Noonletter, Dec. 7, 2018
After years in the Kansas Legislature, it’s natural that Democratic Gov.-elect Laura Kelly would turn to people she’s known there to start filling out key spots in her administration.
For starters, she picked Will Lawrence as her chief of staff. It’s a powerful, right-hand position to a governor. The chief of staff can control access to the governor and play an important role in setting priorities. Lawrence has been chief of staff to Democratic Senate Leader Anthony Hensley.
He also worked as Hensley’s legislative director and legal counsel before becoming the minority chief of staff. And he worked in the law firm of former state representative and failed candidate for the U.S. House and governor Paul Davis.
Lawrence has shown a willingness to reach beyond purely legislative pursuits and wander into politics. For instance, he filed a legal challenge to independent candidate Greg Orman's right to appear on the ballot. (The challenge went nowhere. Orman was on the ballot.) At the time, conventional wisdom held that Orman could win enough votes to cost a Democrat the governor’s race and leave Republican Kris Kobach with a winning plurality.
To fill the vacancy left by Lawrence’s job change, the Sunflower State Journal reports, Hensley hired Kerry Gooch as chief of staff. Gooch is a former executive director of the Kansas Democratic Party. Gooch also ran Davis’ congressional campaign. Davis was unopposed in the primary, but he lost the general election to Republican newcomer Steve Watkins.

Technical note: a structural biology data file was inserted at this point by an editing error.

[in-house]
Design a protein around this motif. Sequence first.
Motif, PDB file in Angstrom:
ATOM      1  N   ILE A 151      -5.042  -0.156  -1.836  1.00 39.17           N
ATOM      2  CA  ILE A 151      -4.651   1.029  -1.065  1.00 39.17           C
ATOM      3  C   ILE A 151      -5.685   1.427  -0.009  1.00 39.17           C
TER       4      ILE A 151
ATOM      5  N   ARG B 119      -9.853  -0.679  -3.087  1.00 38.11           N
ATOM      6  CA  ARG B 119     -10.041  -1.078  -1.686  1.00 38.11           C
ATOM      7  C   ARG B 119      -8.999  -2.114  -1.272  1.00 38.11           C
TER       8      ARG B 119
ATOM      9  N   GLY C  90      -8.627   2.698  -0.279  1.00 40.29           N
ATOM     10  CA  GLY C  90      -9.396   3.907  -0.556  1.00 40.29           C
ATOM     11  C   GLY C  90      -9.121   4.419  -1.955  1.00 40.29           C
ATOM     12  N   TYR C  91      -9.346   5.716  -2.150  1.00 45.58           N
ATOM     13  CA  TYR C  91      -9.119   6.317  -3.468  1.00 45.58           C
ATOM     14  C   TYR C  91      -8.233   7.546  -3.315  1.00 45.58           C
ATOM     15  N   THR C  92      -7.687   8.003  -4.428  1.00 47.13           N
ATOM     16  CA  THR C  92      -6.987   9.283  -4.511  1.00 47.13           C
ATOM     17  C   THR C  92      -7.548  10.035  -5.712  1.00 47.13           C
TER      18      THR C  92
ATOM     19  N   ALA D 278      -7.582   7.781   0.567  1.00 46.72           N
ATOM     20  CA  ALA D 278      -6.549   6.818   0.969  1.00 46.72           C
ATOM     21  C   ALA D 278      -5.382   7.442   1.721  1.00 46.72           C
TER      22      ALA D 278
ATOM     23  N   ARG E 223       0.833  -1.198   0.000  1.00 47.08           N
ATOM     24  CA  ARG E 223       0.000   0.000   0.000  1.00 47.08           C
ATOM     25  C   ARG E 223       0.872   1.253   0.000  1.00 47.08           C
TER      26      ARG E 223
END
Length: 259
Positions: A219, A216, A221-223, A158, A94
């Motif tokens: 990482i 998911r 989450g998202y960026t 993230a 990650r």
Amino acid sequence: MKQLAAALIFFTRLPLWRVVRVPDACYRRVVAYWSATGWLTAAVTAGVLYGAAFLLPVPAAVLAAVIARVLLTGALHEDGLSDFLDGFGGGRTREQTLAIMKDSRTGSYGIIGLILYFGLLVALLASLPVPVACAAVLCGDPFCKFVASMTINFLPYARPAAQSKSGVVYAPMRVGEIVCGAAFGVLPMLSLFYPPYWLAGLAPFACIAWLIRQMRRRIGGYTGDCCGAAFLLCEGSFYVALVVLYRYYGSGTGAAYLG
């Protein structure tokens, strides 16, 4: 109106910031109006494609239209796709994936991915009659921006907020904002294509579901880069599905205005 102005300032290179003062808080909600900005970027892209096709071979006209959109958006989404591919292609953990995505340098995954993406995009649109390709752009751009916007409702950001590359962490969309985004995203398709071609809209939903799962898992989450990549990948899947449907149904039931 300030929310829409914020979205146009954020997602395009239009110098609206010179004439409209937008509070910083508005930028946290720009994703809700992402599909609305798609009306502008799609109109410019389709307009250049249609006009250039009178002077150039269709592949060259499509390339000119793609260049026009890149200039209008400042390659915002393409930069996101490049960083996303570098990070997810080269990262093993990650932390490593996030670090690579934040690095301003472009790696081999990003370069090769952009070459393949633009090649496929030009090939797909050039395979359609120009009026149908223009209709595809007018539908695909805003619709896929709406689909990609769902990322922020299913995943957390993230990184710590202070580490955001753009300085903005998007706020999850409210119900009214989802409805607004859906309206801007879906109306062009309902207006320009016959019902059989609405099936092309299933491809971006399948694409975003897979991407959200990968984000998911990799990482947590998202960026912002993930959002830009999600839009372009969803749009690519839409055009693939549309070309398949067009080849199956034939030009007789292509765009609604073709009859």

U.S. Rep. Ron Estes, a Wichita Republican, represents a district that sells lots of farm commodities and airplanes overseas. So America’s up-and-down trade relations with China can sting.
Estes concedes the pain has hit Kansas. Yet he said on public radio station WBUR’s Here & Now program that tariffs are needed to force the Chinese to fairly open their markets to American goods and agricultural products.
“At the end of the day, tariffs are not a good idea,” he told Here & Now’s Jeremy Hobson. “We want to have open markets. We want to have free trade. In an ideal world, we wouldn’t have any tariffs at all, and I think the president’s even said that.”
Still, Estes said he backs President Donald Trump’s willingness to impose tariffs on Chinese imports as a way to, ultimately, force a more open market for U.S. exports to China.
Spending more, and hoping for a fix
The Kansas Department for Children and Families found another place to spend $35 million.
Agency boss Gina Meier-Hummel said Thursday the taxpayer money will put more contractors to work and design a system that better shares critical details about a child’s case with social workers, police, foster care agencies and the like.
By splitting up territory in Kansas among more contractors, Meier-Hummel said, children caught up in the state’s chronically troubled foster care system won’t have to be driven so far when they need a new placement.
At a news conference Thursday, Stephen Koranda reports, the DCF chief introduced the new stable of contractors.
“We have tried to listen and create the best child welfare system in Kansas,” Meier-Hummel said. “I truly believe that is what you’re going to receive as a result.”
But foster kids won’t cycle through Eckerd offices in the first place. Other contractors have the job of making foster placements. Rather, Eckerd is being hired for family preservation work — working with parents and children to keep them together and hopefully avoiding the need for foster care.
Meier-Hummel also said that Republican Gov. Jeff Colyer won’t finalize the contracts. That would come when Kelly takes office. Balking on the plan might be tough and add more confusion to a foster care system that’s already struggling. Also, it’s unclear whether Meier-Hummel would still lead the agency when Kelly is governor.
Scott Canon is digital editor of the Kansas News Service, a collaboration of KCUR, Kansas Public Radio, KMUW and High Plains Public Radio covering health, education and politics. You can reach him on Twitter @ScottCanon.
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